The fisherman in this photo is fishing the head stream of the Red Brae, opposite the confluence with the Lemno Burn. In past years I used to check the numbers of salmon and sea trout in the Red Brae during periods of low water by beaming a powerful spotlight onto this stream. On many occasions I have seen and counted MSW salmon and sea trout in numbers exceeding 50 – all in this short stretch of streamy water. In the light of the lamp they appear like airships as they hold station in the clear water. The stream in the photo is always a potential taking place for both species.

Sometimes, usually on a half-moonlit night, you can establish an absurd conversation with tawny owls – if you are a bit of a mimic, and prepared to embarrass yourself and anyone else in the vicinity. One night a few years ago I managed to gather a whole family of tawnies around me as I quietly (while noisily hooting of course!) waded down Upper Boat Pool. I could distinguish between members of the family by the tone, structure and duration of their hooting. Some of them were very close to me, and must have seen me and realised it was a member of the species Homo Sapiens, and not another tawny, doing the hooting. I think they were playing with me, or maybe they just thought I was an Alpha male tawny!

Copy of Flow into Craigo

Low water in mid summer at FCW. This is the view looking upstream in Craigo Stream towards the suspension bridge. Behind you in the photo is the comfortable and atmospheric Red Brae Hut with its wooden cut outs of big salmon and sea trout, with the name of the fishereman, the date, the fly and the pool. This is the place to be atr 4 o’clock on a July morning, while the human world is asleep and the natural world at its most active, innocent and approachable. Heaven!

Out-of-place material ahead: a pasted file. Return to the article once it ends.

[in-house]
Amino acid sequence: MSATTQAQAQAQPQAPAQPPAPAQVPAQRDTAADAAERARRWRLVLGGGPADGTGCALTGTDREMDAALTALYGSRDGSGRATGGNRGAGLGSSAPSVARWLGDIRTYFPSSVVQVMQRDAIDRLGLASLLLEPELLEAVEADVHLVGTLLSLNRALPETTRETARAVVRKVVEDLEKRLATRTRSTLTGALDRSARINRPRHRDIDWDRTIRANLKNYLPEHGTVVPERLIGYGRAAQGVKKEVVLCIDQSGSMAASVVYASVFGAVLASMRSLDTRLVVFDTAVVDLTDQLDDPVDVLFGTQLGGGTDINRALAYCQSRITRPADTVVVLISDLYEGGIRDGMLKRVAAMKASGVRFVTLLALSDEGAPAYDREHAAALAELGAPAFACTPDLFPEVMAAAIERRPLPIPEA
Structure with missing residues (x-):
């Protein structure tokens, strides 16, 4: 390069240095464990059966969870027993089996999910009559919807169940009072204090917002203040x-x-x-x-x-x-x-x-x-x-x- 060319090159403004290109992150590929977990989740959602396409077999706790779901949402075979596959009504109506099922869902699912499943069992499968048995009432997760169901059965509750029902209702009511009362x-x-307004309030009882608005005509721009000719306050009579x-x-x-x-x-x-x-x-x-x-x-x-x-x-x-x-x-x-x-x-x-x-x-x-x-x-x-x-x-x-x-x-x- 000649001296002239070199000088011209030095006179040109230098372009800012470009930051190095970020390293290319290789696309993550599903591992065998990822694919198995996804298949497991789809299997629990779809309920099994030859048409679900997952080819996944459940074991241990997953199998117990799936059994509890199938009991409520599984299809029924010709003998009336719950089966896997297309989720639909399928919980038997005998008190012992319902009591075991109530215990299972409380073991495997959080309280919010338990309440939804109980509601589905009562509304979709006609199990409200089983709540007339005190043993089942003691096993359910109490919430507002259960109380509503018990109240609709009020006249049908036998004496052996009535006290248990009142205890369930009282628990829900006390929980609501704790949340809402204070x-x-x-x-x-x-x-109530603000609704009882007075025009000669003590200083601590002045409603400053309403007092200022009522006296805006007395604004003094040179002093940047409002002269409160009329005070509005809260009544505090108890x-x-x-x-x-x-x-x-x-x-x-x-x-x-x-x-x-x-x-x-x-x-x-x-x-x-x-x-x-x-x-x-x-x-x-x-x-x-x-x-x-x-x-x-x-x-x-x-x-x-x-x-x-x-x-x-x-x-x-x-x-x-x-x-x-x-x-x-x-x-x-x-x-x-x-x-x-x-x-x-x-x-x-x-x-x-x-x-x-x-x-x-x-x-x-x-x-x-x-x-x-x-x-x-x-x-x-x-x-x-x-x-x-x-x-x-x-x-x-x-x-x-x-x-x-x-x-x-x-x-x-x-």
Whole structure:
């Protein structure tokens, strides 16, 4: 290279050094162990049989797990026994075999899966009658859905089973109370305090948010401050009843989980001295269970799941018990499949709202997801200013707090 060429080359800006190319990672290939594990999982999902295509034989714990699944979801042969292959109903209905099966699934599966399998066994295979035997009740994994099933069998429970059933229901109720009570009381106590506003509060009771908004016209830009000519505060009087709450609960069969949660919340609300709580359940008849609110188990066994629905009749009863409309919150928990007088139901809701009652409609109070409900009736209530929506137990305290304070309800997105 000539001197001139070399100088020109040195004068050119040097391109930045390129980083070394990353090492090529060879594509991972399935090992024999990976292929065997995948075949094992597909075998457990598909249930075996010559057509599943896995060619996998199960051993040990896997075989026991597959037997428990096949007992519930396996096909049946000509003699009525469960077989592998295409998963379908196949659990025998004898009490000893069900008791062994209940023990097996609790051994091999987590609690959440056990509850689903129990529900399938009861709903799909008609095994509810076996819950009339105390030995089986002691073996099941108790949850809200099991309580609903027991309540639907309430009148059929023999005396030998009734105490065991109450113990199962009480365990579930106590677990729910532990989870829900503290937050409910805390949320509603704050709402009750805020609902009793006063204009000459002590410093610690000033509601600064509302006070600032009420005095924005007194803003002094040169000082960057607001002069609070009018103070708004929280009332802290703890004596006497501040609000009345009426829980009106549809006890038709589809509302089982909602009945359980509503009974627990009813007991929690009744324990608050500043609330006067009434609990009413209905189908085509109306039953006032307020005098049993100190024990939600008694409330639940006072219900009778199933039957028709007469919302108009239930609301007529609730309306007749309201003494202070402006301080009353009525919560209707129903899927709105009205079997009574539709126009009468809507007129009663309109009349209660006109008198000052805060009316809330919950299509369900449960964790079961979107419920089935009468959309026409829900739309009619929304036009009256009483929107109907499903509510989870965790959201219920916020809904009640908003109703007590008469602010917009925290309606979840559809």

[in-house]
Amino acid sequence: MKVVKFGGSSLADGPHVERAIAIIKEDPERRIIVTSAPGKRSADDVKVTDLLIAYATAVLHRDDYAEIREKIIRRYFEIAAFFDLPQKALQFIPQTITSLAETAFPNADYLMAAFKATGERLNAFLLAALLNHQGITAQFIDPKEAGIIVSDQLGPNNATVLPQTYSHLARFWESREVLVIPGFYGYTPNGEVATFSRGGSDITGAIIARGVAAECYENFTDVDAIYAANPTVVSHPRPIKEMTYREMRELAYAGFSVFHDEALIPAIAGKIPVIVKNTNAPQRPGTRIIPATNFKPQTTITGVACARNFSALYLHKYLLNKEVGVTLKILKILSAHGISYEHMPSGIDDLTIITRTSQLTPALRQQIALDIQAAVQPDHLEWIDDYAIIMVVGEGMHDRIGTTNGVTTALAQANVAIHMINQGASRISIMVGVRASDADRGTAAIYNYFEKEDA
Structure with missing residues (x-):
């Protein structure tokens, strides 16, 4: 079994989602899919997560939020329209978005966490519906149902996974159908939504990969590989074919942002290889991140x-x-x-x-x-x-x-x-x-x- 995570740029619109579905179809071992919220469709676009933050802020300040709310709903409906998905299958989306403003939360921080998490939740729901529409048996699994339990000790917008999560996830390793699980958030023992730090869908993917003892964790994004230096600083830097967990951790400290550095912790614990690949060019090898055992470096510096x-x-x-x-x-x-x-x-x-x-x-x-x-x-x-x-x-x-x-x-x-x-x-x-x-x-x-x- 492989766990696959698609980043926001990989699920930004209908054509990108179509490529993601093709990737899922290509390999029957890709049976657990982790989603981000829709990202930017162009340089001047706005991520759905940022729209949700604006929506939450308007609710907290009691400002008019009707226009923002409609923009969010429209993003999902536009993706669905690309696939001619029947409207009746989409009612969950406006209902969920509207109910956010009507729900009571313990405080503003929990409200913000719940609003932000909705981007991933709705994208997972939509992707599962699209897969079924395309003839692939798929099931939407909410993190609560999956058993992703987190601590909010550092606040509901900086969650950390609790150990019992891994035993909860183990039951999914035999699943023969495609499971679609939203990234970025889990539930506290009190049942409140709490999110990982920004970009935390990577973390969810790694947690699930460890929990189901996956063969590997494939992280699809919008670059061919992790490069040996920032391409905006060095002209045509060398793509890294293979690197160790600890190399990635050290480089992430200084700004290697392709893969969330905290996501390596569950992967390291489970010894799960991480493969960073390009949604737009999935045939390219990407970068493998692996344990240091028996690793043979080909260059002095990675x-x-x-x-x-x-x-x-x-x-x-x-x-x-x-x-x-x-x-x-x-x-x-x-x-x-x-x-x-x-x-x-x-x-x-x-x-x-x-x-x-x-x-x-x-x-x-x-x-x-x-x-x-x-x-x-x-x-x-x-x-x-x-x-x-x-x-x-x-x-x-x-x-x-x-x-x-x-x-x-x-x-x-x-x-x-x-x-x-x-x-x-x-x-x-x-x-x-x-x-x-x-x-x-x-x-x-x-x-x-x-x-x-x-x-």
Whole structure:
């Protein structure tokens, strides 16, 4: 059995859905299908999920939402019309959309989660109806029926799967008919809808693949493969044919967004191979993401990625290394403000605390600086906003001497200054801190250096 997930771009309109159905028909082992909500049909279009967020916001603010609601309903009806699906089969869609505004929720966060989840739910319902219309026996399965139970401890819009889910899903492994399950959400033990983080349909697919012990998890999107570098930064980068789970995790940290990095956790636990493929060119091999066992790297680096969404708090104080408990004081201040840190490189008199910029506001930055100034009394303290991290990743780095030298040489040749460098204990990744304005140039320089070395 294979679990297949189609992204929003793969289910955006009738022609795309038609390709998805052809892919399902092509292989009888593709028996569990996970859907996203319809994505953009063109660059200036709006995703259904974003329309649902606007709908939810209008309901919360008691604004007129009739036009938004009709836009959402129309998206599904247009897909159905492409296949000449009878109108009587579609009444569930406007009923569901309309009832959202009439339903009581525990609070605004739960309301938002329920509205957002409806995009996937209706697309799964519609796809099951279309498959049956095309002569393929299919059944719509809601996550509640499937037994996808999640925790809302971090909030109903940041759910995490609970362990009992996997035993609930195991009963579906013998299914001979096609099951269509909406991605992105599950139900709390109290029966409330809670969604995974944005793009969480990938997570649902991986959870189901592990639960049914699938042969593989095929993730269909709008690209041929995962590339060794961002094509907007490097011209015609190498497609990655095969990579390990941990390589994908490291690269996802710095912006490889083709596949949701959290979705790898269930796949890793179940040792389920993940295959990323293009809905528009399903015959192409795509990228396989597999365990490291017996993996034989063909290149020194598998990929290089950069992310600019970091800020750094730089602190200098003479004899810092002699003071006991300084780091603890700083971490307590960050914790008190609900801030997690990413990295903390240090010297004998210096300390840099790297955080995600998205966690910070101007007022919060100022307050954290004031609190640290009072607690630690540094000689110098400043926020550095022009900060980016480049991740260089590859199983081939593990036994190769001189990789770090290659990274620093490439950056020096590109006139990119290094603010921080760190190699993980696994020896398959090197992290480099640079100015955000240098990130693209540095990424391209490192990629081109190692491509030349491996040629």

Beach ST on Hoy

Perfect fins, a hard & muscular body and unmistakeable tail shape of a fresh run sea trout. In fact this fish was caught in salt water in Orkney.

Sea trout fishing at night is pure magic. There aren’t many places where you can do it, and Finavon is among the best – when the sea trout are ‘in’ of course.


What a way to run a country!

Saturday, November 16th, 2013

These bulletin blogs represent news about Finavon and the South Esk, and my views as a riparian owner. While I may digress at times to write about other places, these are not the views of any other organisation, nor are they designed to promote the interests of any individual or organisation other than Finavon Castle Water and factors affecting the fishery. Tony Andrews

I saw the post below on the Salmo Proboards Forum and thought it so apposite to the current situation on the Esks that I thought I could do no better than quote it in full in one of my bulletin blogs.